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crohnieonthego
Regular Member


Date Joined Dec 2007
Total Posts : 73
   Posted 4/20/2008 7:43 PM (GMT -7)   
I went in for a colonoscopy about 3 weeks ago with a new specialist. A year ago when i went in for just a partial exam with biopsies my doctor at the time said i had active disease in my large intestine and a granuloma in my stomach. He then went on to say that i more than likely had crohn's disease but never really went into detail. At the time i was thinking well how does something that just effects my large intestine (which led me to believe that it is ulcerative colitis) become crohn's.
 
So back to the new specialist, went over the results more or less same as last time but she went into more detail, said i have active disease in my large intestine ( saying also i have inflammatory crohn's with no stictures or fistulas and that most people fall into one of the 3 and if maintained may not go into the other catagories ) and that my small intestine seems normal but i have granulomas in my small intestine as well ( which is new because he never scoped the small one the last time). Another fun thing is that my biopsies show active disease but my blood work is normal eyes so i dont know how that works and she basically said it made it hard to follow. Her over all thing was that i was being diagnosed with crohns because of these granulomas being present in the small intestine and in my stomach and these are only present in Crohn's disease not UC.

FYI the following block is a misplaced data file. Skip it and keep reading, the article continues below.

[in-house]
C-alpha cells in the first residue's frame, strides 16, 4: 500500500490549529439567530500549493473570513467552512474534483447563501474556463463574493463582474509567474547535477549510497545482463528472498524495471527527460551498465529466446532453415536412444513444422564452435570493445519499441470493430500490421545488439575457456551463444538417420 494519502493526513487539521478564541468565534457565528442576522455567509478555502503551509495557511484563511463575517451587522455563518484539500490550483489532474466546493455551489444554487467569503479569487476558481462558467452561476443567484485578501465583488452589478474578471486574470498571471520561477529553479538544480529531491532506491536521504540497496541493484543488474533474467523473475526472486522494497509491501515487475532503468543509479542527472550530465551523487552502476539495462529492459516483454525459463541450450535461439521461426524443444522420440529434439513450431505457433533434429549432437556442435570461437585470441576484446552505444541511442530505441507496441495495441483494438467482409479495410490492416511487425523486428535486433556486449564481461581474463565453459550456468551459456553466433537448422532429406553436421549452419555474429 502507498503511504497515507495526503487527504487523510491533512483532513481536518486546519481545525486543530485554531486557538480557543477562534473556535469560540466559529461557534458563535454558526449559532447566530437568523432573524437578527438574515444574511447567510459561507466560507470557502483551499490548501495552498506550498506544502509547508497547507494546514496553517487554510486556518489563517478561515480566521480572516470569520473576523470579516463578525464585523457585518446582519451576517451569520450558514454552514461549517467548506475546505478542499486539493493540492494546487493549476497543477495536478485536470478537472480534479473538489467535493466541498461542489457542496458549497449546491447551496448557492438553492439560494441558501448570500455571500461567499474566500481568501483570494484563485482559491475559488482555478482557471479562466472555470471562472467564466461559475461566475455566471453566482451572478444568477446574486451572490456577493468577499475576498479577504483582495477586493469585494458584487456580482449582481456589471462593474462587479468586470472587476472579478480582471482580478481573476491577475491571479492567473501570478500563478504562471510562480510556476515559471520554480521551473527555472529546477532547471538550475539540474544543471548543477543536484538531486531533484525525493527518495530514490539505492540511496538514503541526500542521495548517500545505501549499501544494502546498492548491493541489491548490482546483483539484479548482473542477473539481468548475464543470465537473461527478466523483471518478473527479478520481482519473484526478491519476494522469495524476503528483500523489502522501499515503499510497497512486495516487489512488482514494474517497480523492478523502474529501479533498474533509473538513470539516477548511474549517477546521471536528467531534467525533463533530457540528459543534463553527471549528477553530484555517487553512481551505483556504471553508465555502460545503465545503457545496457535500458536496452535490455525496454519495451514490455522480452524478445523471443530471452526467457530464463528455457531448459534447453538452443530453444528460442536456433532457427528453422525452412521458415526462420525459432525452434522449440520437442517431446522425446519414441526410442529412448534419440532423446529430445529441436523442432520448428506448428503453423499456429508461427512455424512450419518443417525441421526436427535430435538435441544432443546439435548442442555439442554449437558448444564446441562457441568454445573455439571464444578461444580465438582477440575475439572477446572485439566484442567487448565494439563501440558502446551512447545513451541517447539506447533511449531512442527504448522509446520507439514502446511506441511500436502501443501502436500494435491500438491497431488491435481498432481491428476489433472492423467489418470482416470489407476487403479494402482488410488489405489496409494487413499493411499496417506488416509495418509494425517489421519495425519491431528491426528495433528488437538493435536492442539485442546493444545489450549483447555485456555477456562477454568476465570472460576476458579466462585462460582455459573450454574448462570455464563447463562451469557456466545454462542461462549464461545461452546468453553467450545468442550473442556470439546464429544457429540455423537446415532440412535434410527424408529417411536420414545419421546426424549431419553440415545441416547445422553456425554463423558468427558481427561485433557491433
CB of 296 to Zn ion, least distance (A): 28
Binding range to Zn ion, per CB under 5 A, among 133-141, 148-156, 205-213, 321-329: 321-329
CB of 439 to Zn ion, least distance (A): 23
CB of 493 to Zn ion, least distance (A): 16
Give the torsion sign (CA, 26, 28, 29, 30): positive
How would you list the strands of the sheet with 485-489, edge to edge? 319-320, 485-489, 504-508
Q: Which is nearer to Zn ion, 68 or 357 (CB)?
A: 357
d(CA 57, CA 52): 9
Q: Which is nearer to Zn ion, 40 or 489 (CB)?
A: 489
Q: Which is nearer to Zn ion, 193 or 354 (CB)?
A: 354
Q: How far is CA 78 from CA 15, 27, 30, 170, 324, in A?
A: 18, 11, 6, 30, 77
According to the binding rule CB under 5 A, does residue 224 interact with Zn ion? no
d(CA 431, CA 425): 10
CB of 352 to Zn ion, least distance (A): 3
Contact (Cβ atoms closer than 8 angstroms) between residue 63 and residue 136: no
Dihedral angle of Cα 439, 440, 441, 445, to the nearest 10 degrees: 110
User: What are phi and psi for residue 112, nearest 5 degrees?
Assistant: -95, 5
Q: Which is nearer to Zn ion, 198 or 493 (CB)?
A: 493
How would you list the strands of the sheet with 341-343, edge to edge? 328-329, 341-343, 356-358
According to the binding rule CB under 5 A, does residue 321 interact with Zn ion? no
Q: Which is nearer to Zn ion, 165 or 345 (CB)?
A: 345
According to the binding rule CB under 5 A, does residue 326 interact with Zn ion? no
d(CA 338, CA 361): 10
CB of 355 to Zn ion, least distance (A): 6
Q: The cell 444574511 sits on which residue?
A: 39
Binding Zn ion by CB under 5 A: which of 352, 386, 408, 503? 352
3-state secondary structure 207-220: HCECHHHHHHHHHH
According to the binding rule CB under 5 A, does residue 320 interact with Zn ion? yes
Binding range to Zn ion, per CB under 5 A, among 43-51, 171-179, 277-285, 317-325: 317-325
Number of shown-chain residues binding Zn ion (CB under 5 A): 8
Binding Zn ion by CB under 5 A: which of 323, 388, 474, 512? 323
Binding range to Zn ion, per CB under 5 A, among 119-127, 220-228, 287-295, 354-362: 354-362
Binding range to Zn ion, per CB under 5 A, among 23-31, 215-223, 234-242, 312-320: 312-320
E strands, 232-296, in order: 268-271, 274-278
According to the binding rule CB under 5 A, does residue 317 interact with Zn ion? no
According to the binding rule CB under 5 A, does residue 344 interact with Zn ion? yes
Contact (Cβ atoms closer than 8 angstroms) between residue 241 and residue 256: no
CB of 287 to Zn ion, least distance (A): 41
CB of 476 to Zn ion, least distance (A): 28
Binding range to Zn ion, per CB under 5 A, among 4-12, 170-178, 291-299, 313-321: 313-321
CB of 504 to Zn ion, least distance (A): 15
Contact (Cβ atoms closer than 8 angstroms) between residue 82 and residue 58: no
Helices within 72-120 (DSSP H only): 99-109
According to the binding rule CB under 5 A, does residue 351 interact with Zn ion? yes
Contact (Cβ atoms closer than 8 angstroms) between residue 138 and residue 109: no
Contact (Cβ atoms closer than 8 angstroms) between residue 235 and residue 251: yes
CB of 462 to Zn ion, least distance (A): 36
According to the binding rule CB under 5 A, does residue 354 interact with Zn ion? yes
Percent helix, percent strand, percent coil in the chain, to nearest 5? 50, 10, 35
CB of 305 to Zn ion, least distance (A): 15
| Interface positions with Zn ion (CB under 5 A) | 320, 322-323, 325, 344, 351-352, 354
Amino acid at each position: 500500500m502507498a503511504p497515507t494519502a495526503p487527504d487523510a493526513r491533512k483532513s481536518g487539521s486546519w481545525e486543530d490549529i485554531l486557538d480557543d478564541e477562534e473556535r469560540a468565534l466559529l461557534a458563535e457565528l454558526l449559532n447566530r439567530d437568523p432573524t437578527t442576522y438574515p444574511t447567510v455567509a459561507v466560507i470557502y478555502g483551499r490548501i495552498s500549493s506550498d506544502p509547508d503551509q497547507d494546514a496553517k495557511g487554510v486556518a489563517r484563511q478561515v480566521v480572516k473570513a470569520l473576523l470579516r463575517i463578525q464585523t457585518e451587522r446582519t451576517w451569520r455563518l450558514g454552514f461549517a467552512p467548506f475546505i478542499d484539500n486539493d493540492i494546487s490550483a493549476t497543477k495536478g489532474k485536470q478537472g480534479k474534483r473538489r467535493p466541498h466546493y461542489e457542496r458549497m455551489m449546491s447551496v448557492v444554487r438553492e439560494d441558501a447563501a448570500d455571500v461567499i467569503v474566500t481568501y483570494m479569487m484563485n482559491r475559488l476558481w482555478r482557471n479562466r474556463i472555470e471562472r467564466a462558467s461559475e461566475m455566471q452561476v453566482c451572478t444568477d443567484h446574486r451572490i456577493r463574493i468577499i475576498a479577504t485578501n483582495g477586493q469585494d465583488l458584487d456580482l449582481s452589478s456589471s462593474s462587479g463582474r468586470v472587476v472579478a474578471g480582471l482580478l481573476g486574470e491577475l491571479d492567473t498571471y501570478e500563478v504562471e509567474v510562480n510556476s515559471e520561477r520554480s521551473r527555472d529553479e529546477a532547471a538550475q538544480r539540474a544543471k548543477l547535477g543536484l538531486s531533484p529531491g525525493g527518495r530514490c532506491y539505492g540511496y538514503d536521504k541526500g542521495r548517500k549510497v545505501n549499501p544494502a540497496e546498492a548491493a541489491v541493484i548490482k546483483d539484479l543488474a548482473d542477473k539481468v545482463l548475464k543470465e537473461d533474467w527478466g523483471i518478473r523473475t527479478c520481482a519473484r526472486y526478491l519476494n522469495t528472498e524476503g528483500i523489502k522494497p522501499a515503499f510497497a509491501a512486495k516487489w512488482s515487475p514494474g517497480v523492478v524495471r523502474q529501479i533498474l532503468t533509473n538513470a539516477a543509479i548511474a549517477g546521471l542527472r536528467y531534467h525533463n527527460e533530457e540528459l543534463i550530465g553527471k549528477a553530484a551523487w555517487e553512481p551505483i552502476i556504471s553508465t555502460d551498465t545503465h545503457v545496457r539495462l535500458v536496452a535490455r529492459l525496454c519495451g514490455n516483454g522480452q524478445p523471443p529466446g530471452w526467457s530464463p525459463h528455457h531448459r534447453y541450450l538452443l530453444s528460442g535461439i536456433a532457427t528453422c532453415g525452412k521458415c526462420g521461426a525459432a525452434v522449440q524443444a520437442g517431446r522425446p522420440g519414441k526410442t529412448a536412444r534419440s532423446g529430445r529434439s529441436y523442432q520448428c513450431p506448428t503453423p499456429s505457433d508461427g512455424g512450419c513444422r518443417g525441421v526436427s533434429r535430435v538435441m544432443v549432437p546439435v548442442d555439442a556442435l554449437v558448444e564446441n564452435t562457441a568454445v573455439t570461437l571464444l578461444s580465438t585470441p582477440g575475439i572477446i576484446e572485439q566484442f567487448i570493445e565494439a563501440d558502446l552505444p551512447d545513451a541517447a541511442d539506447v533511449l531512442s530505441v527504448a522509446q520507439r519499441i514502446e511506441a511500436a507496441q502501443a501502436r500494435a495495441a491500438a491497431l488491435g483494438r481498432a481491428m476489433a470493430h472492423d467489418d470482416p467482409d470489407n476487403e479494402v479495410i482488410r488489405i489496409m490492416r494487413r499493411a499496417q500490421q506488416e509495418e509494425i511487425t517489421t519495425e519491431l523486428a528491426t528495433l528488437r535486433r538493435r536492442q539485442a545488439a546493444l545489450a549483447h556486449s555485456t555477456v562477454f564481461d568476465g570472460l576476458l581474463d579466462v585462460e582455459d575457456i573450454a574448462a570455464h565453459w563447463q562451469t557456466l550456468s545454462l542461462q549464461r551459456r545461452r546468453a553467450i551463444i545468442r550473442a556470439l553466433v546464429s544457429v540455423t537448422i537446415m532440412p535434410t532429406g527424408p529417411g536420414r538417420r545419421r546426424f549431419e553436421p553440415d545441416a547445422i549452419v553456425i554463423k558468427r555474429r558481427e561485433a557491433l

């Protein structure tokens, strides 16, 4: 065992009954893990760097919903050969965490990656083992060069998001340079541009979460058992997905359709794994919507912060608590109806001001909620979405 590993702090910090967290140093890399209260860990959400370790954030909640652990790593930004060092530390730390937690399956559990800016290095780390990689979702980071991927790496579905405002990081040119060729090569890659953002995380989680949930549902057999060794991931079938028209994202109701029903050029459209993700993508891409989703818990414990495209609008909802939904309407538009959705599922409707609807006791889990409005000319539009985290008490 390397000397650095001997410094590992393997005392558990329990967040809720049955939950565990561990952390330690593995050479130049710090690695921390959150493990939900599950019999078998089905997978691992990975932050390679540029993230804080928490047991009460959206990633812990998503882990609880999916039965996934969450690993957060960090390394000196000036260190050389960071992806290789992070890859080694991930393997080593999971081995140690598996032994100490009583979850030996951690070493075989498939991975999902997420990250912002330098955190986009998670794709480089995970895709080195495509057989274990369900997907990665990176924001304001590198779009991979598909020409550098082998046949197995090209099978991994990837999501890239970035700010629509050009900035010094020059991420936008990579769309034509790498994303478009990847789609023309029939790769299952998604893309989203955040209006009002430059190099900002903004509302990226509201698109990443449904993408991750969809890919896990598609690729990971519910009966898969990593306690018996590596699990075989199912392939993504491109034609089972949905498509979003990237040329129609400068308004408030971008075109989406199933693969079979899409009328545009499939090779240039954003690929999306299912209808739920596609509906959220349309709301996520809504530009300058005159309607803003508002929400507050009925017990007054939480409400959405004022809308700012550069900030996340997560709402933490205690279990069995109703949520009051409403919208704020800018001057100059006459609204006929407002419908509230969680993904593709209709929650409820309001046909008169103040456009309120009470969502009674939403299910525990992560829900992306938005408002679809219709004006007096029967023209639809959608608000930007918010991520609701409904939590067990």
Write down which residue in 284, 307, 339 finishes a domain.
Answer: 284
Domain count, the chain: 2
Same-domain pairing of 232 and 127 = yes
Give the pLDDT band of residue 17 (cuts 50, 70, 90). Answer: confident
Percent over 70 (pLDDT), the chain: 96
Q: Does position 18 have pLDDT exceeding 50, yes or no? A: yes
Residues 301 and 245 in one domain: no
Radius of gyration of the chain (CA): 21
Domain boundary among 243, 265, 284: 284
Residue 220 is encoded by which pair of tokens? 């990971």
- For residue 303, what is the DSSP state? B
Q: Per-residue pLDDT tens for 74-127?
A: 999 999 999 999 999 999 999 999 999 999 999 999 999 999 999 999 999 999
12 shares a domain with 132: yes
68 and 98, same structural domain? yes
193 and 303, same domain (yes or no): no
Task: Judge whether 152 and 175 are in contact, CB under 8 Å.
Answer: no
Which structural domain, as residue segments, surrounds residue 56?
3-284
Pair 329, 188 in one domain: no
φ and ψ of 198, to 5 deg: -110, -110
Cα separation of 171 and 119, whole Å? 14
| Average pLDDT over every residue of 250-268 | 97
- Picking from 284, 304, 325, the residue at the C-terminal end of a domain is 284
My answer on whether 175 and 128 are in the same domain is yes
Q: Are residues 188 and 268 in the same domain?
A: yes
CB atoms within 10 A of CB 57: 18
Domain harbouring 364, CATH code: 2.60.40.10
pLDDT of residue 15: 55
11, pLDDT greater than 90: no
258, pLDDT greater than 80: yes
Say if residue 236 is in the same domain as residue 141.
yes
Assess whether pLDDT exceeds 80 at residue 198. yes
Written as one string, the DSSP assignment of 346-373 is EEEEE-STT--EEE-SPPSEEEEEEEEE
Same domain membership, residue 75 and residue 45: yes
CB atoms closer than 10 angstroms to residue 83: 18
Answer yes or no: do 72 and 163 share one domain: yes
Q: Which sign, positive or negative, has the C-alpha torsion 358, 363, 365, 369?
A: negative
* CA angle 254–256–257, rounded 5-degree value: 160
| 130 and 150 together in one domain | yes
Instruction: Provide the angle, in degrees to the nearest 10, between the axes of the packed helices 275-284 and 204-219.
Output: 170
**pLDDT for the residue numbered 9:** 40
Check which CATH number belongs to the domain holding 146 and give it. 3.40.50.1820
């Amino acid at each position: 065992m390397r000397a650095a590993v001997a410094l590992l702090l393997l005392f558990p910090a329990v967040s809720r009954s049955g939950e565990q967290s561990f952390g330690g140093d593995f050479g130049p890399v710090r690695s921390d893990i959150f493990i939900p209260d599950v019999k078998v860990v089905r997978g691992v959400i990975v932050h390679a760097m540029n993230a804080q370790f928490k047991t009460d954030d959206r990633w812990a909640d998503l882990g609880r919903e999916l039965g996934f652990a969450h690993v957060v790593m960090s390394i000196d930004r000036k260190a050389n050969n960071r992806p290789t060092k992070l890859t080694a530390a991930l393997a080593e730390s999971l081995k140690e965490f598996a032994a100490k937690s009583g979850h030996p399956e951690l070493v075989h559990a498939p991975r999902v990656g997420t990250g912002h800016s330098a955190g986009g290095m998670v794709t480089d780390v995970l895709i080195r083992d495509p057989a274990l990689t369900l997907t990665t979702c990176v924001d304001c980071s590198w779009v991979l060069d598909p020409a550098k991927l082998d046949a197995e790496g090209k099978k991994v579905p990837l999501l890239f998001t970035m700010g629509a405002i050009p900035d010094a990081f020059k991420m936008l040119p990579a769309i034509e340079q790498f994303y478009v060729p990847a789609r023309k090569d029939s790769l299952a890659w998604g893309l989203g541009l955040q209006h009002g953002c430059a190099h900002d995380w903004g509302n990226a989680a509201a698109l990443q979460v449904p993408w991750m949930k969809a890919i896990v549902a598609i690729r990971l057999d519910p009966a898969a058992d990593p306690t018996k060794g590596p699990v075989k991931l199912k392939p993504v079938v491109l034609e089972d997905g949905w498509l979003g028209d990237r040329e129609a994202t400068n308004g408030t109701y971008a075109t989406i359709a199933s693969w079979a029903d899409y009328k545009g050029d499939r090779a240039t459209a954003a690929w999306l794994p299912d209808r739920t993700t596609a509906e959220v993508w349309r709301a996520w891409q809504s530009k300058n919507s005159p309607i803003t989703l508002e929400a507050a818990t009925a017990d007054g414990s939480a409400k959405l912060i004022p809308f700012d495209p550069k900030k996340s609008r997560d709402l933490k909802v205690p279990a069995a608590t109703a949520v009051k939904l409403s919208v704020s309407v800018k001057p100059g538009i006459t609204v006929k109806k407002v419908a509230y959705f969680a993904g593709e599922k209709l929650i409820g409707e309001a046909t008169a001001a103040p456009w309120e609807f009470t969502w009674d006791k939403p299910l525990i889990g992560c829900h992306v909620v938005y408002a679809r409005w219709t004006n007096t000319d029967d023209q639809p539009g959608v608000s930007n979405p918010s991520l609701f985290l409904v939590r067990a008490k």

So my questions are, anyone else have granulomas? can anyone give me an idea of what causes these.*did some research online but hard to find answers specific to crohn's*? And has anyone had normal blood work but acitve biopsies?
 
Thank you for taking the time to read!

Crohn'snme
Veteran Member


Date Joined Feb 2007
Total Posts : 734
   Posted 4/20/2008 7:50 PM (GMT -7)   
What are ganulomas? Sorry, hadn't hear of that one before. My Crohn's started in my small intestine and pretty much went into remission and now is in my large intestine. My biopsies showed active disease. Crohn's can be very hard to diagnose. One thing, I'm understanding is that more and more they are treating them somewhat similar. So, does it really matter? I'm not sure. How are you presently feeling?? What medication are you on. I went from many things, to lastly Remicade and now Humira, which is treating me pretty well. Let me know. Take care. OREGON!

crohnieonthego
Regular Member


Date Joined Dec 2007
Total Posts : 73
   Posted 4/20/2008 7:56 PM (GMT -7)   
From what i have read on the internet they are basically a collection of cells, most of the research i found was based on people who had TB and these granuloma were found in the lungs, i think i found one site last year that talked about a granuloma in the stomach but i can't fine it now and from what i can remember it just basically said a mass of cells...so i am still trying to figure it out.